Steve Willis is a Master Trainer and Vice President of Professional Services at VitalSmarts.
One of my year-end activities is tallying up the total number of training days I delivered (one way to ensure my fingers are ready for any math challenge that comes my way). It gives me a sense of how many individuals were impacted by these sessions as well as of my own learning experiences with the different groups.
This year, as I was right in the middle of reflecting and pondering—in a state of really “deep think” about the year’s experience as a whole—I received an e-mail from a work colleague. Attached was a Wall Street Journal article titled, “So Much Training.” As that was exactly the topic I’d been contemplating, I opened it straightaway.
It wasn’t until I was about three paragraphs in that I realized that, due to the heavy meditative haze I’d been operating under, I’d misread the title. There was a second half that I had overlooked entirely: “So Little to Show for It.” And as you might guess, this second phrase was more indicative of the article’s content.
The article explores why many organizations aren’t realizing the full potential of their training initiatives and makes the point that, in order to receive the full value, what happens before and after training is more important than what happens during training. While this isn’t the first time that I’ve heard this, because I was in the middle of my review exercise it hit me in a different way. It got me thinking of the degree to which I helped and hindered the groups with which I worked.
In training terms, I’m the “during” guy, not the “before” or “after” guy. I arrive to deliver a training session or two, and then I’m off to another organization. But just because I’m not responsible for the “before” and “after” doesn’t mean that I should focus solely on the “during.” I can talk with those who are responsible—ask them what needs the training fulfills in their organization, provide them with learning objective worksheets they can distribute to the managers of those who will participate in the actual session, suggest ways to measure achievement of learning objectives across individuals, recommend post-training practice strategies, etc.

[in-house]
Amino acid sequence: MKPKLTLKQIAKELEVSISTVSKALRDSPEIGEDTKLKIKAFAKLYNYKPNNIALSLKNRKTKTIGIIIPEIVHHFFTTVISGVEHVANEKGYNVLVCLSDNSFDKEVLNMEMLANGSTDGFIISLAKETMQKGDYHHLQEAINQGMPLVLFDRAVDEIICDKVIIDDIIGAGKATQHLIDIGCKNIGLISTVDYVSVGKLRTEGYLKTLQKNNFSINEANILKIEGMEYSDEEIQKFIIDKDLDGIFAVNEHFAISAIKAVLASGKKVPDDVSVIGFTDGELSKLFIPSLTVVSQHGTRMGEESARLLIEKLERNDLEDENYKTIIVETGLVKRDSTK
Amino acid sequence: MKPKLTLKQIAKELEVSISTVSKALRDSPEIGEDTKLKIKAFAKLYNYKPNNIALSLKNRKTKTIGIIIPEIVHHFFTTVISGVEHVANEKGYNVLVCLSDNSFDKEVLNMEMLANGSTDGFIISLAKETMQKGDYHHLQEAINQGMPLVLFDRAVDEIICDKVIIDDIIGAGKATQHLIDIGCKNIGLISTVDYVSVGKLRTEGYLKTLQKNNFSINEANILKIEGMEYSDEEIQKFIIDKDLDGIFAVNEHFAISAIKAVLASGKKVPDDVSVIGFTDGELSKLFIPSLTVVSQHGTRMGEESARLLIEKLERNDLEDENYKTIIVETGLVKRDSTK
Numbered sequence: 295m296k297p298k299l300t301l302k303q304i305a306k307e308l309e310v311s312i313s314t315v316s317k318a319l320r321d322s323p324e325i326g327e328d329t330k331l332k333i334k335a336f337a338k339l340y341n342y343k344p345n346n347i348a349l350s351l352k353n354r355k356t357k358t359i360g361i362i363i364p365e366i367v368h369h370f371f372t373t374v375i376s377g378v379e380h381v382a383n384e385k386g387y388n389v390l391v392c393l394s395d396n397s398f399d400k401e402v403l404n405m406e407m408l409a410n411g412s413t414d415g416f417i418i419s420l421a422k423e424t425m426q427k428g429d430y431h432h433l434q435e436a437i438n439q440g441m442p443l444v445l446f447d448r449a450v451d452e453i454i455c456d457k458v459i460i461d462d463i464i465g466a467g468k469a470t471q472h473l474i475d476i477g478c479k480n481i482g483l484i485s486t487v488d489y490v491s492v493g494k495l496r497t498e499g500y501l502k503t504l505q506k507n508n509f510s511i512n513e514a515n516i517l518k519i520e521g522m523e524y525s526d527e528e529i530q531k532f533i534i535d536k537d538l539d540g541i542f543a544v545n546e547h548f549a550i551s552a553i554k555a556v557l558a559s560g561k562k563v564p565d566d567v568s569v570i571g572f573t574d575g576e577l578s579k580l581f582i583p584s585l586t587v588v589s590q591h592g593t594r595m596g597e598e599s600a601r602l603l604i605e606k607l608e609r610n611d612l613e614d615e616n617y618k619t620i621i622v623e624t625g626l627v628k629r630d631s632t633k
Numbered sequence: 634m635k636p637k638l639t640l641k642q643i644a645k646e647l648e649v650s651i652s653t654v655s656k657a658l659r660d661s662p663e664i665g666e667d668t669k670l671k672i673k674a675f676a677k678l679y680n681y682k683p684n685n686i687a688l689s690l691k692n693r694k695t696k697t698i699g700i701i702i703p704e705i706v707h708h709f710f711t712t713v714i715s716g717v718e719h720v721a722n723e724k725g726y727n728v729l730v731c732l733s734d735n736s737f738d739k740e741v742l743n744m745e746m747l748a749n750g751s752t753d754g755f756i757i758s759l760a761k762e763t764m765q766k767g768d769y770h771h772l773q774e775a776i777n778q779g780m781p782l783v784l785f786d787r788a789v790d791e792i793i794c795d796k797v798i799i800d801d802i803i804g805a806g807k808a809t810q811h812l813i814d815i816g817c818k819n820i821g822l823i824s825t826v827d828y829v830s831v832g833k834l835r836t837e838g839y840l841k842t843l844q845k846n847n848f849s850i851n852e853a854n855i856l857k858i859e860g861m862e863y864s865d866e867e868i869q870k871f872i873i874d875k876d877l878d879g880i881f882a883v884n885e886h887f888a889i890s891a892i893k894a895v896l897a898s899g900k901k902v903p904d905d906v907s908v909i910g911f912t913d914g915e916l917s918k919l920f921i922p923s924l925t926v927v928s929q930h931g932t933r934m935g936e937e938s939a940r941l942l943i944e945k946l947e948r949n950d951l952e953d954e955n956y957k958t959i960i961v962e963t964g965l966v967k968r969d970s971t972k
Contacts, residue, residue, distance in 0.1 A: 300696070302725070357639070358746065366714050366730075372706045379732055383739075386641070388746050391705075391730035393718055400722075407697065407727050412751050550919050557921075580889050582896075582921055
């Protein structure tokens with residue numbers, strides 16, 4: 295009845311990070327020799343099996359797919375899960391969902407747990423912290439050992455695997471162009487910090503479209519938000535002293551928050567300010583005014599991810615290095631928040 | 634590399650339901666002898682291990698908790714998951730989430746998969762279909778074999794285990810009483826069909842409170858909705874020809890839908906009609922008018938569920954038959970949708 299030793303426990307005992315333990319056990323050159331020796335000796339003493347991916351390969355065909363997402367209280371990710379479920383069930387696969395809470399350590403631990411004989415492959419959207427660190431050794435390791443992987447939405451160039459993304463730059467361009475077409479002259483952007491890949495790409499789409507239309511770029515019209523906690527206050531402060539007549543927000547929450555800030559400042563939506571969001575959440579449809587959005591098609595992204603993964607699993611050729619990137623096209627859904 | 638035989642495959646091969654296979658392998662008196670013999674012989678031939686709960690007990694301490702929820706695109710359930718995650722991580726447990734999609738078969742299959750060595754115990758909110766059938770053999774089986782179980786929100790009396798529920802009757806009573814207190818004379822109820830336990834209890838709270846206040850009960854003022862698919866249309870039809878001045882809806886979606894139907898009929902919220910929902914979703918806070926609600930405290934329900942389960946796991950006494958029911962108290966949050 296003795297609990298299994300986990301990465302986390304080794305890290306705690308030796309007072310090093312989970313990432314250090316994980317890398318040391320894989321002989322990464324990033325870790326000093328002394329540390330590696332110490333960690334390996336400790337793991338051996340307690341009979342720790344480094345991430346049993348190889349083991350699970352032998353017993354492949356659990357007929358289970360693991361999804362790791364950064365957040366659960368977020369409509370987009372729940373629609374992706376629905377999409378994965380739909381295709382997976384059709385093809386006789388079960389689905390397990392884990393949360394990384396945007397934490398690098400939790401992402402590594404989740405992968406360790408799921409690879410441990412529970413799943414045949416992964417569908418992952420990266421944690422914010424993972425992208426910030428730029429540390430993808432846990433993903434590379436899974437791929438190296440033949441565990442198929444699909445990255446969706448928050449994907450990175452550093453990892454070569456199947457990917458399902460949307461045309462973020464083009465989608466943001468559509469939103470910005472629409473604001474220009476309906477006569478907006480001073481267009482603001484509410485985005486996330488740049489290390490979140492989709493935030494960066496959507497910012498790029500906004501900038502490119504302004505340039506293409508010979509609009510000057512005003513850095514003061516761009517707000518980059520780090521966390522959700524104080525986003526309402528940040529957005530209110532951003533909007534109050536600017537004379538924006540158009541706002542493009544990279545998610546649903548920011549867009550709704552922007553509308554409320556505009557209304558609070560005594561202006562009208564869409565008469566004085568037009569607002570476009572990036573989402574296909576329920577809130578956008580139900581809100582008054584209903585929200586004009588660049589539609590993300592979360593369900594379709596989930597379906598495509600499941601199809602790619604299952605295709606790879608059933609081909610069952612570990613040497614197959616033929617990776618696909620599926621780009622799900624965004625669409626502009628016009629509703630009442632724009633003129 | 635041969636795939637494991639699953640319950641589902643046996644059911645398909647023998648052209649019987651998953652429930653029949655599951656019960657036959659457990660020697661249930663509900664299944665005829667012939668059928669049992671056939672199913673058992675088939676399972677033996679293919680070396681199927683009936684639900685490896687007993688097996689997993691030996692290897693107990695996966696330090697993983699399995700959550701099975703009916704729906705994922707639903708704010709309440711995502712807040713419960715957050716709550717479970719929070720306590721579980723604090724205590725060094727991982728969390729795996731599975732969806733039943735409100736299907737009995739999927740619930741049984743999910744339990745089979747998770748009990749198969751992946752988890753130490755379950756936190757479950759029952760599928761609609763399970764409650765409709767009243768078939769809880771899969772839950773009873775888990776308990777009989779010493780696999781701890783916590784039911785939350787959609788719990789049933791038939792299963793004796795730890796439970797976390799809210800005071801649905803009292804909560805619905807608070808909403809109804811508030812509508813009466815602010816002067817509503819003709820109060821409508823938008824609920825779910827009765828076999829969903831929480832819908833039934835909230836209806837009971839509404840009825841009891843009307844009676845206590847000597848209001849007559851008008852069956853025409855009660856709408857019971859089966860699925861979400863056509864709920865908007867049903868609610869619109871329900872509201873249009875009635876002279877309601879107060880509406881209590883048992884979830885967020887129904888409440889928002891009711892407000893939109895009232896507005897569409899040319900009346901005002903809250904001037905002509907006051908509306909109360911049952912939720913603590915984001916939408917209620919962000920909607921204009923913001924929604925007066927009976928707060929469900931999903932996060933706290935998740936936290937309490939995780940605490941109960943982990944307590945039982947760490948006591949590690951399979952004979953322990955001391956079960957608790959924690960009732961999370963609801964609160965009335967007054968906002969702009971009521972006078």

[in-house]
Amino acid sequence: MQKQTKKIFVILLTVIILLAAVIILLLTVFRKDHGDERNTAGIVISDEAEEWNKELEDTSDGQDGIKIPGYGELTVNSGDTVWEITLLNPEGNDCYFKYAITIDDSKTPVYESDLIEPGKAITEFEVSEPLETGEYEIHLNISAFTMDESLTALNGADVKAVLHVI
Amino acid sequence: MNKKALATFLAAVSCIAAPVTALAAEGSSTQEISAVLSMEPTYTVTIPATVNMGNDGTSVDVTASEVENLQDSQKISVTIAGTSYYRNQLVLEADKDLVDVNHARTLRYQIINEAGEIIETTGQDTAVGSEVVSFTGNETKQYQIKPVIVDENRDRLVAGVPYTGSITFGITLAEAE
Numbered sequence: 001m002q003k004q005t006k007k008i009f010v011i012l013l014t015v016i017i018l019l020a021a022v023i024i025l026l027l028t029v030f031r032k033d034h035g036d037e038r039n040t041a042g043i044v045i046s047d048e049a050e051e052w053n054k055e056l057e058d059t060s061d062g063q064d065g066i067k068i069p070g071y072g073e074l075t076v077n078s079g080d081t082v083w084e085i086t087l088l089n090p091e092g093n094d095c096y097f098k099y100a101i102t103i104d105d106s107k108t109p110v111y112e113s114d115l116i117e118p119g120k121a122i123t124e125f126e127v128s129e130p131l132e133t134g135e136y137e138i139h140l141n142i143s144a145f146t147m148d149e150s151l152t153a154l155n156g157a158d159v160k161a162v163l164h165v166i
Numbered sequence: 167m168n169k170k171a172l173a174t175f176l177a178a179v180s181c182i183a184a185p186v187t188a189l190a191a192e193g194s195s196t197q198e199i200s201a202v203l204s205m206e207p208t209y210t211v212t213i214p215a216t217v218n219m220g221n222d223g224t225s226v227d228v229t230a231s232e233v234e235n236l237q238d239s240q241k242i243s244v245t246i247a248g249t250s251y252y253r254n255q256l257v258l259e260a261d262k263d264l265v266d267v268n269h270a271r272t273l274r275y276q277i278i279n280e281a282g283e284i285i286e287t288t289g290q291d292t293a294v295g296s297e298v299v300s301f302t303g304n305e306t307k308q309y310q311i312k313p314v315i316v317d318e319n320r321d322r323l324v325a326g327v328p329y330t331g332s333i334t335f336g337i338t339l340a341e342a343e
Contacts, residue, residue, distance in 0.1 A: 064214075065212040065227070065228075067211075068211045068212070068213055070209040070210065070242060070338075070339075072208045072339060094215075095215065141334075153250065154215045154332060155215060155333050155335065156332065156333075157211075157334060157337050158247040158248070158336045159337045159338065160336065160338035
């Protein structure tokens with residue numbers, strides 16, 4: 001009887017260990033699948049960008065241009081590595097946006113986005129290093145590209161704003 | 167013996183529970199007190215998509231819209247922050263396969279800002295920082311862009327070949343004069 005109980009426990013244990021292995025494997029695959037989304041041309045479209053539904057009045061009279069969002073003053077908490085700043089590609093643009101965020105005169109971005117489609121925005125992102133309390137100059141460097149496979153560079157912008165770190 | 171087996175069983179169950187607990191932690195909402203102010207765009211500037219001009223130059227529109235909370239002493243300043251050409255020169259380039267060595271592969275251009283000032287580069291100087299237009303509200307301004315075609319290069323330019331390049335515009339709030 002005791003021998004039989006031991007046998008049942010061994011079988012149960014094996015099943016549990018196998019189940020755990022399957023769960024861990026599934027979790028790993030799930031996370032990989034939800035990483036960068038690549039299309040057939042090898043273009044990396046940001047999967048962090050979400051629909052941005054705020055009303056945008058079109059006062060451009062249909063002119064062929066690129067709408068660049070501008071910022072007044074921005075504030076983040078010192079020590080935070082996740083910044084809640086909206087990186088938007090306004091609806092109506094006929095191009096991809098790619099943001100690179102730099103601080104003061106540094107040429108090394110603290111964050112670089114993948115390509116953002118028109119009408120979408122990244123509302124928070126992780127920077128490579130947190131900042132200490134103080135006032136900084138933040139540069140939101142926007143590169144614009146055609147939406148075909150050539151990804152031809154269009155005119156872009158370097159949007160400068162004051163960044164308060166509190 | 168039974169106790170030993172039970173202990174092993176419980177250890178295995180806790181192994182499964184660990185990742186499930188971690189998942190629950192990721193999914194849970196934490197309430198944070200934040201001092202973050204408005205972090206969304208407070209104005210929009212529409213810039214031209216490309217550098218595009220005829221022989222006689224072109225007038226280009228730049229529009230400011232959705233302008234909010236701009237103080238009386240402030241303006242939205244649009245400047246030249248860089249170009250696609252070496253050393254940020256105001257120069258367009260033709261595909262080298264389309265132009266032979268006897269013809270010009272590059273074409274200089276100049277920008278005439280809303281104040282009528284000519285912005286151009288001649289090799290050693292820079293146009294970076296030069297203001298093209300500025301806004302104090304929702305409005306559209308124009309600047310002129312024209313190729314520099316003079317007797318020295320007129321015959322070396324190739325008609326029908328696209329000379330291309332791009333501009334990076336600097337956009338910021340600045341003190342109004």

And as the “during” guy, I think there’s a lot I (or anyone in this position) can do in the session that can help support (not replace) “before” and “after” activities. I have activities to use (have the class take two minutes to brainstorm common tough situations they face), commitments to extend (have participants set a date and time to follow up and practice with a partner from the class), questions to ask (“Where and how do you think you’ll be able to use this skill?”), and tools to offer (introduce the contract cards as an easy-access review or checklist).
As you prepare for your 2013 training sessions, consider what you can do to change the title of the Wall Street Journal article to “So Much Training, So Much to Show for It” for your organization.